Size: 6-6, 230
Hometown: Maywood, Ill
High School: Proviso East HS
Sterling Brown was a four-star Scout recruit coming out of college and rated the 19th best small forward in the country. Larry Brown and Sterling Brown go way back as the iconic coach also worked with Sterling Brown’s brother Shannon while coaching the Charlotte Bobcats. Ultimately the relationship between the Hall of Fame coach and highly regarded recruit led Brown to commit to SMU over offers from Northwestern, DePaul, Minnesota and Oregon State.
Sterling Brown was one of the brightest spots in what was a magical, yet unfulfilling season. With a postseason ban undercutting nearly every accomplishment it was difficult to easily enjoy all the great things the 2015 Mustangs gave us. Brown was one of those things. Heading into the season our expectations for him were relatively low. We wanted him to be that shutdown defender that Nick Russell and Ryan Manuel were years before—but he wasn’t. And that was quite alright, because rather than simply being a defensive player that helped out on offense every now and then, he became something much more.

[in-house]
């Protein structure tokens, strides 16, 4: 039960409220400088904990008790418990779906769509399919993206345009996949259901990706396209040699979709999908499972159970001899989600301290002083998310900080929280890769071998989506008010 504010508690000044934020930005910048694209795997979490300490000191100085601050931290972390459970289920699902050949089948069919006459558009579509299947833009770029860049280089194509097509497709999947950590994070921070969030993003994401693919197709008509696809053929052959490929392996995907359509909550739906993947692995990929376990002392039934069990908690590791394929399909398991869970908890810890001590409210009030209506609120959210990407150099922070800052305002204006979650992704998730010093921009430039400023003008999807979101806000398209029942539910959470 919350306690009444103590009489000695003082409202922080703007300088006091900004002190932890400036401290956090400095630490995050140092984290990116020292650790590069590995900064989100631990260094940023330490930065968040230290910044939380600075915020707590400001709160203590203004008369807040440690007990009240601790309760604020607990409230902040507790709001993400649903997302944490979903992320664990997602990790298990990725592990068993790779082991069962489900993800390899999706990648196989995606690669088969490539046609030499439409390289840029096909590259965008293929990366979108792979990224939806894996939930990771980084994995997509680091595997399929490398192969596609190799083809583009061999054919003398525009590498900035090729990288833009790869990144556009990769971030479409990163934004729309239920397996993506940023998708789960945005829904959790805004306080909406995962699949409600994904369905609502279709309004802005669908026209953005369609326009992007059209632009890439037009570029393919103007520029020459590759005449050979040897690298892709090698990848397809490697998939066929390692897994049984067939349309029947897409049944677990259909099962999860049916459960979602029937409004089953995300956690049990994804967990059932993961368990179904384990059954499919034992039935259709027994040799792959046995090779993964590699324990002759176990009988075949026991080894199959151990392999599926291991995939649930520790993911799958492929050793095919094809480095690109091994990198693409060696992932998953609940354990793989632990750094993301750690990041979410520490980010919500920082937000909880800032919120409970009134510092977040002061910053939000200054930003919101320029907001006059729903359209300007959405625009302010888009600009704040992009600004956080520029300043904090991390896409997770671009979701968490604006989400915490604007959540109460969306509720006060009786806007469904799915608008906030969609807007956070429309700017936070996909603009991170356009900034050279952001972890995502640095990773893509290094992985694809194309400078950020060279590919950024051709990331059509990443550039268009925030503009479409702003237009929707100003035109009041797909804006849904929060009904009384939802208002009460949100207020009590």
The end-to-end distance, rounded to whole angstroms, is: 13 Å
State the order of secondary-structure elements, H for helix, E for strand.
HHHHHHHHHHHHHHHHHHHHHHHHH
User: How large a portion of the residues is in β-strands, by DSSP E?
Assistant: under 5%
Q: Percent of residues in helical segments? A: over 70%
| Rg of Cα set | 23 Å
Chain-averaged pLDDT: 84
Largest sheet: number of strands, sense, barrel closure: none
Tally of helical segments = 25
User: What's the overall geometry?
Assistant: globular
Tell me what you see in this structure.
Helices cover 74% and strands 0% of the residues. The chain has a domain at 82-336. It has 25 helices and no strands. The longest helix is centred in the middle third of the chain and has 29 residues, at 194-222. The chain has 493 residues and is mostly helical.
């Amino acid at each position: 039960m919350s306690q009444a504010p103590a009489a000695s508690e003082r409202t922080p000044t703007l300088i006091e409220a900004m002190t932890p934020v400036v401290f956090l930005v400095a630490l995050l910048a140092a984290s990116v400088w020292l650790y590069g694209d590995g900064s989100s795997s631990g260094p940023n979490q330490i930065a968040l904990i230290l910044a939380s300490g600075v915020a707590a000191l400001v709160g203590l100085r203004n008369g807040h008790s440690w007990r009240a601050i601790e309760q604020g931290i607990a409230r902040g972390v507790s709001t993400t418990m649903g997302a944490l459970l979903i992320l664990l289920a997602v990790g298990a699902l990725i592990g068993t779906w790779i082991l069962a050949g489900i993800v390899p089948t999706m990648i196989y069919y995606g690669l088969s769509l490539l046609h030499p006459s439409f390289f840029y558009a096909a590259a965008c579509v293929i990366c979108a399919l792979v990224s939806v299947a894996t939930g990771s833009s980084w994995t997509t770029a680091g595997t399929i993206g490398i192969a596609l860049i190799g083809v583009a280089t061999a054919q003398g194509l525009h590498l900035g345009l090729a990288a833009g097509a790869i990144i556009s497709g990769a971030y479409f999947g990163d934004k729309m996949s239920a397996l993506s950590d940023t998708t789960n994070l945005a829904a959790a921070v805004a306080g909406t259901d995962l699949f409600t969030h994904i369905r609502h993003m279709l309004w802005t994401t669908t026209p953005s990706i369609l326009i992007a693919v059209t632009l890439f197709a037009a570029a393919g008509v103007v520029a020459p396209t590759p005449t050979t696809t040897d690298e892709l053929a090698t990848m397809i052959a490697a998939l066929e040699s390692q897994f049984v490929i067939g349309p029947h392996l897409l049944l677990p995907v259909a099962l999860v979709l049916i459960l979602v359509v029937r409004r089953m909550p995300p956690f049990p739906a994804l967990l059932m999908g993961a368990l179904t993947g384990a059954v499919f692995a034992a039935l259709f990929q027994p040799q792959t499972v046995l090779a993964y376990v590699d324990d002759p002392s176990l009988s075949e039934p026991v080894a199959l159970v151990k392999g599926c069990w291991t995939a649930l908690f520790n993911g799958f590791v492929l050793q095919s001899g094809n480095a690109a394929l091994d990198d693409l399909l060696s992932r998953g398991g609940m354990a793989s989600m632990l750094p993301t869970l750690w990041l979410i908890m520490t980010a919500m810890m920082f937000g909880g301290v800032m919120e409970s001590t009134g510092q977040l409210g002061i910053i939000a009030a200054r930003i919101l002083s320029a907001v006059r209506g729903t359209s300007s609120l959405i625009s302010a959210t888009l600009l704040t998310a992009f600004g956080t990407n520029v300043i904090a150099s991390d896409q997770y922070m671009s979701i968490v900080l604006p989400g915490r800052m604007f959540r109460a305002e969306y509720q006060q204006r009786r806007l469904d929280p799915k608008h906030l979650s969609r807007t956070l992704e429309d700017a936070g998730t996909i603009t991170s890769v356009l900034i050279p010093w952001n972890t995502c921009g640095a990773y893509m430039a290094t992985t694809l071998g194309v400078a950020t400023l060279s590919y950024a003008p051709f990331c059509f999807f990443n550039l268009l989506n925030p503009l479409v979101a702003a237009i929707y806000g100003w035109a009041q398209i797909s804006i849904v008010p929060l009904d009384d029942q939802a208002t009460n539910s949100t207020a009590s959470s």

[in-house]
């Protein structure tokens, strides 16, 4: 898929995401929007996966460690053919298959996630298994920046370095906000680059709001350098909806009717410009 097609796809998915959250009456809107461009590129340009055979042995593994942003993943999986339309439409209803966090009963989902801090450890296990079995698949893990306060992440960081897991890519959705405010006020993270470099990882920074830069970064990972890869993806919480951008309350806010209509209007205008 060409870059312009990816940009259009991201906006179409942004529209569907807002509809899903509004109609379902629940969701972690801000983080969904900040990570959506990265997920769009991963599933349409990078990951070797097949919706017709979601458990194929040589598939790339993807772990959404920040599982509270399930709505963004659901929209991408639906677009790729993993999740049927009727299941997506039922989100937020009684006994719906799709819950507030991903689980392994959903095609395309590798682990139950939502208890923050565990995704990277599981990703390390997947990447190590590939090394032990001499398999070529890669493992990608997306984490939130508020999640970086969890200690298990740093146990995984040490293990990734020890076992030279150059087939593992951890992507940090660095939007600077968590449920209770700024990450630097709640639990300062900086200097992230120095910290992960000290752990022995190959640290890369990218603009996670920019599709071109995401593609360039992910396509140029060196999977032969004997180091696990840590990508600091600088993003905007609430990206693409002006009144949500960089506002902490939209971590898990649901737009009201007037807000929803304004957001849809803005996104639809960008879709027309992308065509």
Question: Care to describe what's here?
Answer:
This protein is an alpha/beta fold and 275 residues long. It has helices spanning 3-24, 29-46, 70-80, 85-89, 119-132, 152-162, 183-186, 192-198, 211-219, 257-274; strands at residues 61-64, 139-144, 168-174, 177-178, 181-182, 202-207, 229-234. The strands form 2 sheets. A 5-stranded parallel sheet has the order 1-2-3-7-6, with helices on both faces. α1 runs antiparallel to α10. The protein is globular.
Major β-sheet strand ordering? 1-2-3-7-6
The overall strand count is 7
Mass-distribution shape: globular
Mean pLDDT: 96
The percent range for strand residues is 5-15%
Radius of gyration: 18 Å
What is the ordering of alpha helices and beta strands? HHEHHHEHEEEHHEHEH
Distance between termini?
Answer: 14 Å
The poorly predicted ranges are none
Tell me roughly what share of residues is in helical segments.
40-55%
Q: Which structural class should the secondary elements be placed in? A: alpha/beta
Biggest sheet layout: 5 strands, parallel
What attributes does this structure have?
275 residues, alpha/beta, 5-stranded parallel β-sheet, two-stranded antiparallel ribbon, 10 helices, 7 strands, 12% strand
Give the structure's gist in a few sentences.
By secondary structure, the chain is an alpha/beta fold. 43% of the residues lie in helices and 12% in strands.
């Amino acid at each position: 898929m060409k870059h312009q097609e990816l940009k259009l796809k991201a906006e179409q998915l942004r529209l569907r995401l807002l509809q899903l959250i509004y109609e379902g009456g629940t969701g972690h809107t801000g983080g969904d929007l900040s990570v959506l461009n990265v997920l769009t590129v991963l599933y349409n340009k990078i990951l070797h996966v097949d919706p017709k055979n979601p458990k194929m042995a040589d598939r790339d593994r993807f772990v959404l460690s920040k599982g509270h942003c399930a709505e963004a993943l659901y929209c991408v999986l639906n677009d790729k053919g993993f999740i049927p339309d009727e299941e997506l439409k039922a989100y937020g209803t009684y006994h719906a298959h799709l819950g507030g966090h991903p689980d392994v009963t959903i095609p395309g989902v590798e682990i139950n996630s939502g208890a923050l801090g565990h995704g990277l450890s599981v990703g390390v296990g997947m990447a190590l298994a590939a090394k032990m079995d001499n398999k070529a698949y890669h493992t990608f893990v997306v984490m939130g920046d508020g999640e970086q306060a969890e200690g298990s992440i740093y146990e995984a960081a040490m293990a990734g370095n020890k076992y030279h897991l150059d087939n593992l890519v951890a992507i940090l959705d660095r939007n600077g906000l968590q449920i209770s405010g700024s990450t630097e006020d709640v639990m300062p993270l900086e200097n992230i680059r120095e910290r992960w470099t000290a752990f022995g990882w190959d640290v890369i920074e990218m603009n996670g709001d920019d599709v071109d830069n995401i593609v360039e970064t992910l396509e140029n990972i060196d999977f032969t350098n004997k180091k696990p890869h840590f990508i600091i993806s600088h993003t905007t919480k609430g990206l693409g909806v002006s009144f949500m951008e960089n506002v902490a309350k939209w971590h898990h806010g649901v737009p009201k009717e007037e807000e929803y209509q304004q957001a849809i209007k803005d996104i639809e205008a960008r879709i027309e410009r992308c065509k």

Brown played in 30 games, starting 29, averaging 10.1 points, 4.4 rebounds, 2.6 assists, and 1.1 steals a game. But most impressively he shot 60.2 percent from the floor and 53.6 percent from behind the arc (20-56). His shooting percentage was second in the American Athletic Conference while his three-point shooting percentage was first in the conference and the best single season three-point shooting performance in SMU program history.
Outlook in 2016-17
I can’t wait to see what kind of features the latest Sterling Brown OS update is loaded with. It’s crazy to think that he could possibly improve on last season’s stat line.
When the season ended, Patrick, Hatts and I, each picked Brown as SMU’s most improved player. Patrick was slightly disappointed Brown didn’t become the Mustangs “next great perimeter defender” and I questioned his hairstyles, but all of us agreed that he was SMU’s most consistent and most effective player not named Nic Moore last season.
I said that “from his sophomore to his junior season, we saw him jump from a very good depth player that sometimes went MIA, to a budding star in the SMU program.”
This season he is going to be part of the senior leadership and will likely be asked to reprise his role from a year ago, and do a little bit of everything.